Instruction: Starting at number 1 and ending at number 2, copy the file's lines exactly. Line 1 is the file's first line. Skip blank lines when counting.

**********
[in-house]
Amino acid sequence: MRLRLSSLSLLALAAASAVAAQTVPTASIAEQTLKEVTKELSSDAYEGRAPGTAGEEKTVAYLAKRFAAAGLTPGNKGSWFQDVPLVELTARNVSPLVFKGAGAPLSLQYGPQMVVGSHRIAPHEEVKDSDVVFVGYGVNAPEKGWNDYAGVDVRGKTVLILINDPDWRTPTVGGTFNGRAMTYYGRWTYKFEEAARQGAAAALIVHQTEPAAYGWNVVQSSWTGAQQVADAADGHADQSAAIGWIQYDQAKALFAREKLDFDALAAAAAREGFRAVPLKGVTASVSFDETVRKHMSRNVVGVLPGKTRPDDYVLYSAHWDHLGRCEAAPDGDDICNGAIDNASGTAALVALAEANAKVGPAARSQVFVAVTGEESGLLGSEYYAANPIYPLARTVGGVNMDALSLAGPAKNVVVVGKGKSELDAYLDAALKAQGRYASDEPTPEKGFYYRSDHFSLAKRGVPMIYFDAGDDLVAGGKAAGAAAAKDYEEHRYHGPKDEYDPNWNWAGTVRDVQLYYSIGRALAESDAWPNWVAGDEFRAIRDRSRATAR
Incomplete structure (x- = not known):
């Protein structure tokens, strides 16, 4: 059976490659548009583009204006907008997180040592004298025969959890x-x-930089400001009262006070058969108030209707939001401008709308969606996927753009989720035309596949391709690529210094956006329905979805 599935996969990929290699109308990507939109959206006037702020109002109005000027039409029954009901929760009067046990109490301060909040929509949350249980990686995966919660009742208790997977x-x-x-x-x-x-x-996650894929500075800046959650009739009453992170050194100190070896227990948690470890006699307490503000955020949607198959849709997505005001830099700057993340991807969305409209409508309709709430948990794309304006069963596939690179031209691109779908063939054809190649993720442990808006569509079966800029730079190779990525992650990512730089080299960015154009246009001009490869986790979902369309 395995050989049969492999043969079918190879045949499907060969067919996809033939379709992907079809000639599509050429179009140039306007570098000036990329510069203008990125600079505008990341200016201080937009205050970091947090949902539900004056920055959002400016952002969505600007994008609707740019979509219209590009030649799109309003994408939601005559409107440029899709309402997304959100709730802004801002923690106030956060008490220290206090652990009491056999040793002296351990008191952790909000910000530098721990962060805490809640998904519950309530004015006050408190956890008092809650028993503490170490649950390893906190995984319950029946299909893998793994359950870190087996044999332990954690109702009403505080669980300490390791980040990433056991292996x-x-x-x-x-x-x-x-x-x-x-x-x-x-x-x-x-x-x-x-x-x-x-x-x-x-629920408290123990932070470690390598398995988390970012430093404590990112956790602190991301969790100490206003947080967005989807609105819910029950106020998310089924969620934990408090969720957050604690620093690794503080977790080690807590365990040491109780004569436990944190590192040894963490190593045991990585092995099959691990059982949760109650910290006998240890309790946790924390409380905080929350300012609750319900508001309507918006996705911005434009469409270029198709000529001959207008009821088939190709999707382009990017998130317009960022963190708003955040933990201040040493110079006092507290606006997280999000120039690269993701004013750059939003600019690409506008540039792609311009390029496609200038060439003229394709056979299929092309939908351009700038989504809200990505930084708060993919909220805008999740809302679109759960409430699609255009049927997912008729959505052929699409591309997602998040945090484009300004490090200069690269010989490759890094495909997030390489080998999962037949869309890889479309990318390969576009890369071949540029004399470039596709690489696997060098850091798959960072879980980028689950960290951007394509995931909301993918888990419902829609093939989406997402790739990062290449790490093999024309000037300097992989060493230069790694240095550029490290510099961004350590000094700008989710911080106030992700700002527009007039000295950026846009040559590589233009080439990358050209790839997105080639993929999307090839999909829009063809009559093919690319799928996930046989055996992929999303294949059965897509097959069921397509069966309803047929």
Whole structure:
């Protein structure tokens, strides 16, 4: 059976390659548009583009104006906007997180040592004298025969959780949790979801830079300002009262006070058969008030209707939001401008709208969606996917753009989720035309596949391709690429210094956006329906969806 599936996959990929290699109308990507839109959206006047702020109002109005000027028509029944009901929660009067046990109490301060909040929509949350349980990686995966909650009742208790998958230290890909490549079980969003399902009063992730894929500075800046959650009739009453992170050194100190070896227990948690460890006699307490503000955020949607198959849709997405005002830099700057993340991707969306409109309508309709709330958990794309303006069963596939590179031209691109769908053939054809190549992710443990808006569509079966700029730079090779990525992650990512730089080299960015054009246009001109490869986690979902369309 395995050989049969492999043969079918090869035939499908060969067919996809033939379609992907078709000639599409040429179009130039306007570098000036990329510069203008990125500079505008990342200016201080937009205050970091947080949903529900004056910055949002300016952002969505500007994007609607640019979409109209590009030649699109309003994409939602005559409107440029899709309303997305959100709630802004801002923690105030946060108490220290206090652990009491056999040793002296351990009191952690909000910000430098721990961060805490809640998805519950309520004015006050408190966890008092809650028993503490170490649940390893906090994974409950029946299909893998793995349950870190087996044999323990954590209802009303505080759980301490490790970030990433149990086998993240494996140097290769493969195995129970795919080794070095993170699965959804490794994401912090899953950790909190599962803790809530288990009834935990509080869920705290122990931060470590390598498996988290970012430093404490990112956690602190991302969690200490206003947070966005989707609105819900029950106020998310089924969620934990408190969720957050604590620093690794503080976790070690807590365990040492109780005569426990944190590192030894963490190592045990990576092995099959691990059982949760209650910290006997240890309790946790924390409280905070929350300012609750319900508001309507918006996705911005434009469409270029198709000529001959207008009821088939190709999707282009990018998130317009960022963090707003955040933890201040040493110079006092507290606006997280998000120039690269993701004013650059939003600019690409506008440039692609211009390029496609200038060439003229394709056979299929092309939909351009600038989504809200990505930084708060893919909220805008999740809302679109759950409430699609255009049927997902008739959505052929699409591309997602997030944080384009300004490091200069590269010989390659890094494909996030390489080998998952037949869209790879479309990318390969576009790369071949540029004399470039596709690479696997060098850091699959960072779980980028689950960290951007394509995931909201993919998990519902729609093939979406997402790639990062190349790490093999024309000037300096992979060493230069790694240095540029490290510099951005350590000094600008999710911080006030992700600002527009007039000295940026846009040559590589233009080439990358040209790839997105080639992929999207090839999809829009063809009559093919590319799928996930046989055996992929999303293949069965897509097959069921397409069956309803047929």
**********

[in-house]
Amino acid sequence: MRLRLSSLSLLALAAASAVAAQTVPTASIAEQTLKEVTKELSSDAYEGRAPGTAGEEKTVAYLAKRFAAAGLTPGNKGSWFQDVPLVELTARNVSPLVFKGAGAPLSLQYGPQMVVGSHRIAPHEEVKDSDVVFVGYGVNAPEKGWNDYAGVDVRGKTVLILINDPDWRTPTVGGTFNGRAMTYYGRWTYKFEEAARQGAAAALIVHQTEPAAYGWNVVQSSWTGAQQVADAADGHADQSAAIGWIQYDQAKALFAREKLDFDALAAAAAREGFRAVPLKGVTASVSFDETVRKHMSRNVVGVLPGKTRPDDYVLYSAHWDHLGRCEAAPDGDDICNGAIDNASGTAALVALAEANAKVGPAARSQVFVAVTGEESGLLGSEYYAANPIYPLARTVGGVNMDALSLAGPAKNVVVVGKGKSELDAYLDAALKAQGRYASDEPTPEKGFYYRSDHFSLAKRGVPMIYFDAGDDLVAGGKAAGAAAAKDYEEHRYHGPKDEYDPNWNWAGTVRDVQLYYSIGRALAESDAWPNWVAGDEFRAIRDRSRATAR